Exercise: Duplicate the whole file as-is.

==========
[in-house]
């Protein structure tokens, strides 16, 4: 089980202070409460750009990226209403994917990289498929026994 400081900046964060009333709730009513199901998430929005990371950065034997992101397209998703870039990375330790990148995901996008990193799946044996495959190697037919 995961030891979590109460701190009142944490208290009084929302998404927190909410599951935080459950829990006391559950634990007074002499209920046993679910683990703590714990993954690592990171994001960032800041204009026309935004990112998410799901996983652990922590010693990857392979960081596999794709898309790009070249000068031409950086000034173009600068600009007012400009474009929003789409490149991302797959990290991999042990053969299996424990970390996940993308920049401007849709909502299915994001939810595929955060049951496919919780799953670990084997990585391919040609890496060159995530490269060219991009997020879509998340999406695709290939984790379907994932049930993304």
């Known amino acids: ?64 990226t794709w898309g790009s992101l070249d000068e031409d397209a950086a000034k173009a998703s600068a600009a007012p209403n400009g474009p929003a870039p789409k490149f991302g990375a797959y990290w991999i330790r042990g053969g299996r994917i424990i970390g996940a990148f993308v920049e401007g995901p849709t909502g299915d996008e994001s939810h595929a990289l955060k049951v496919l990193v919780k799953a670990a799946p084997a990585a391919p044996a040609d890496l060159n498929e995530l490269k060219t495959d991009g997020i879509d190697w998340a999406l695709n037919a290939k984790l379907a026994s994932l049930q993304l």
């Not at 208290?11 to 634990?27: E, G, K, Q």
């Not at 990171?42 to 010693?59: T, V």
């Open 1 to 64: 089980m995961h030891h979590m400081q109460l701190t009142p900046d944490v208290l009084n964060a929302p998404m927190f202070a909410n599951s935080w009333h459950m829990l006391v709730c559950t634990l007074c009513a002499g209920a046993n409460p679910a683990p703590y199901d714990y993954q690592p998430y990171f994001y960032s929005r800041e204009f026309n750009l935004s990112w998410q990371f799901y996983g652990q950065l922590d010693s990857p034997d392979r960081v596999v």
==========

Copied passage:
[in-house]
């Protein structure tokens, strides 16, 4: 089980202070409460750009990226209403994917990289498929026994 400081900046964060009333709730009513199901998430929005990371950065034997992101397209998703870039990375330790990148995901996008990193799946044996495959190697037919 995961030891979590109460701190009142944490208290009084929302998404927190909410599951935080459950829990006391559950634990007074002499209920046993679910683990703590714990993954690592990171994001960032800041204009026309935004990112998410799901996983652990922590010693990857392979960081596999794709898309790009070249000068031409950086000034173009600068600009007012400009474009929003789409490149991302797959990290991999042990053969299996424990970390996940993308920049401007849709909502299915994001939810595929955060049951496919919780799953670990084997990585391919040609890496060159995530490269060219991009997020879509998340999406695709290939984790379907994932049930993304």
């Known amino acids: ?64 990226t794709w898309g790009s992101l070249d000068e031409d397209a950086a000034k173009a998703s600068a600009a007012p209403n400009g474009p929003a870039p789409k490149f991302g990375a797959y990290w991999i330790r042990g053969g299996r994917i424990i970390g996940a990148f993308v920049e401007g995901p849709t909502g299915d996008e994001s939810h595929a990289l955060k049951v496919l990193v919780k799953a670990a799946p084997a990585a391919p044996a040609d890496l060159n498929e995530l490269k060219t495959d991009g997020i879509d190697w998340a999406l695709n037919a290939k984790l379907a026994s994932l049930q993304l």
């Not at 208290?11 to 634990?27: E, G, K, Q």
């Not at 990171?42 to 010693?59: T, V």
């Open 1 to 64: 089980m995961h030891h979590m400081q109460l701190t009142p900046d944490v208290l009084n964060a929302p998404m927190f202070a909410n599951s935080w009333h459950m829990l006391v709730c559950t634990l007074c009513a002499g209920a046993n409460p679910a683990p703590y199901d714990y993954q690592p998430y990171f994001y960032s929005r800041e204009f026309n750009l935004s990112w998410q990371f799901y996983g652990q950065l922590d010693s990857p034997d392979r960081v596999v």